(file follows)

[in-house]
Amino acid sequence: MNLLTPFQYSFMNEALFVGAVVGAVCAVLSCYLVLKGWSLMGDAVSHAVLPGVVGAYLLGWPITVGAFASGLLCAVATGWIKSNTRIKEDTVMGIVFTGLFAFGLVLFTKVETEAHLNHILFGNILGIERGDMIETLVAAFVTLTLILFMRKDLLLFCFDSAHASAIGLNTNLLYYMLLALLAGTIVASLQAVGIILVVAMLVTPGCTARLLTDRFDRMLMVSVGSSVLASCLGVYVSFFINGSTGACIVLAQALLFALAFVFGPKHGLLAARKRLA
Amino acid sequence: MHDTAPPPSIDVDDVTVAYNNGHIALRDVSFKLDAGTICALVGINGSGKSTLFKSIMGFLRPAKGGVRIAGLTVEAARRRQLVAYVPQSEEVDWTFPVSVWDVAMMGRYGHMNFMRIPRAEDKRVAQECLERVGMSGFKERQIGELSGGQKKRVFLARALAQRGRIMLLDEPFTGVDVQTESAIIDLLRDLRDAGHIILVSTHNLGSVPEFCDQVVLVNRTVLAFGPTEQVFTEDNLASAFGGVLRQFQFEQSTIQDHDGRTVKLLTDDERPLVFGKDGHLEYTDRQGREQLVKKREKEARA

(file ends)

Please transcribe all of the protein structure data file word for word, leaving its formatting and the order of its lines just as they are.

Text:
[in-house]
Amino acid sequence: MNLLTPFQYSFMNEALFVGAVVGAVCAVLSCYLVLKGWSLMGDAVSHAVLPGVVGAYLLGWPITVGAFASGLLCAVATGWIKSNTRIKEDTVMGIVFTGLFAFGLVLFTKVETEAHLNHILFGNILGIERGDMIETLVAAFVTLTLILFMRKDLLLFCFDSAHASAIGLNTNLLYYMLLALLAGTIVASLQAVGIILVVAMLVTPGCTARLLTDRFDRMLMVSVGSSVLASCLGVYVSFFINGSTGACIVLAQALLFALAFVFGPKHGLLAARKRLA
Amino acid sequence: MHDTAPPPSIDVDDVTVAYNNGHIALRDVSFKLDAGTICALVGINGSGKSTLFKSIMGFLRPAKGGVRIAGLTVEAARRRQLVAYVPQSEEVDWTFPVSVWDVAMMGRYGHMNFMRIPRAEDKRVAQECLERVGMSGFKERQIGELSGGQKKRVFLARALAQRGRIMLLDEPFTGVDVQTESAIIDLLRDLRDAGHIILVSTHNLGSVPEFCDQVVLVNRTVLAFGPTEQVFTEDNLASAFGGVLRQFQFEQSTIQDHDGRTVKLLTDDERPLVFGKDGHLEYTDRQGREQLVKKREKEARA